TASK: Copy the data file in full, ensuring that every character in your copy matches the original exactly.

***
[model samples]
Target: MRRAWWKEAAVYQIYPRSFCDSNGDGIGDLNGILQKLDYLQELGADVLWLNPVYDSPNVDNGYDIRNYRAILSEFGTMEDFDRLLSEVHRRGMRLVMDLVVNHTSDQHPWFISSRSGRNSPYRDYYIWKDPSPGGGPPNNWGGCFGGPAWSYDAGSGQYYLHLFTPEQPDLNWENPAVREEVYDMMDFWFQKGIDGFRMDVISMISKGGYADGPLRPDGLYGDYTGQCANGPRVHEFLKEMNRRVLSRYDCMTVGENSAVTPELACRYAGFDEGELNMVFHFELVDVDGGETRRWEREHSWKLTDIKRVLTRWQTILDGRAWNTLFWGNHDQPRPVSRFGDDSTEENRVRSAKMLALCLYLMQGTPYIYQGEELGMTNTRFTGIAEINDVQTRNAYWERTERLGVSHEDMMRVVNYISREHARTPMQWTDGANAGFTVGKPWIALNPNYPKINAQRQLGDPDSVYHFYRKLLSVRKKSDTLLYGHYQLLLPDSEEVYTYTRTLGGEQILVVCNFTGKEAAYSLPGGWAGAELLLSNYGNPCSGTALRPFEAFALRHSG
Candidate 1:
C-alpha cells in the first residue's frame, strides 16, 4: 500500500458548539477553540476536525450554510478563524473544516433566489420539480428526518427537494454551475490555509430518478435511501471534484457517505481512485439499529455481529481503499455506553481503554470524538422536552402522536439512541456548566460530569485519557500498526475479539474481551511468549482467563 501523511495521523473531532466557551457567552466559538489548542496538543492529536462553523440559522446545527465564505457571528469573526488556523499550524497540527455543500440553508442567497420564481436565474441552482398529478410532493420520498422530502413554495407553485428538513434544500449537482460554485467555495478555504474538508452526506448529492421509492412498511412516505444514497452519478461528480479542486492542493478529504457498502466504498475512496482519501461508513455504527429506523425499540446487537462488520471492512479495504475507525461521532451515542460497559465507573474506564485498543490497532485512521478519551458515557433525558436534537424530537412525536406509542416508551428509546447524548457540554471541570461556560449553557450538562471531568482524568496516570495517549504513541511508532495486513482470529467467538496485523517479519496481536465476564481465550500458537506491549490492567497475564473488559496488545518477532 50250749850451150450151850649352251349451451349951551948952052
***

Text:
[model samples]
Target: MRRAWWKEAAVYQIYPRSFCDSNGDGIGDLNGILQKLDYLQELGADVLWLNPVYDSPNVDNGYDIRNYRAILSEFGTMEDFDRLLSEVHRRGMRLVMDLVVNHTSDQHPWFISSRSGRNSPYRDYYIWKDPSPGGGPPNNWGGCFGGPAWSYDAGSGQYYLHLFTPEQPDLNWENPAVREEVYDMMDFWFQKGIDGFRMDVISMISKGGYADGPLRPDGLYGDYTGQCANGPRVHEFLKEMNRRVLSRYDCMTVGENSAVTPELACRYAGFDEGELNMVFHFELVDVDGGETRRWEREHSWKLTDIKRVLTRWQTILDGRAWNTLFWGNHDQPRPVSRFGDDSTEENRVRSAKMLALCLYLMQGTPYIYQGEELGMTNTRFTGIAEINDVQTRNAYWERTERLGVSHEDMMRVVNYISREHARTPMQWTDGANAGFTVGKPWIALNPNYPKINAQRQLGDPDSVYHFYRKLLSVRKKSDTLLYGHYQLLLPDSEEVYTYTRTLGGEQILVVCNFTGKEAAYSLPGGWAGAELLLSNYGNPCSGTALRPFEAFALRHSG
Candidate 1:
C-alpha cells in the first residue's frame, strides 16, 4: 500500500458548539477553540476536525450554510478563524473544516433566489420539480428526518427537494454551475490555509430518478435511501471534484457517505481512485439499529455481529481503499455506553481503554470524538422536552402522536439512541456548566460530569485519557500498526475479539474481551511468549482467563 501523511495521523473531532466557551457567552466559538489548542496538543492529536462553523440559522446545527465564505457571528469573526488556523499550524497540527455543500440553508442567497420564481436565474441552482398529478410532493420520498422530502413554495407553485428538513434544500449537482460554485467555495478555504474538508452526506448529492421509492412498511412516505444514497452519478461528480479542486492542493478529504457498502466504498475512496482519501461508513455504527429506523425499540446487537462488520471492512479495504475507525461521532451515542460497559465507573474506564485498543490497532485512521478519551458515557433525558436534537424530537412525536406509542416508551428509546447524548457540554471541570461556560449553557450538562471531568482524568496516570495517549504513541511508532495486513482470529467467538496485523517479519496481536465476564481465550500458537506491549490492567497475564473488559496488545518477532 50250749850451150450151850649352251349451451349951551948952052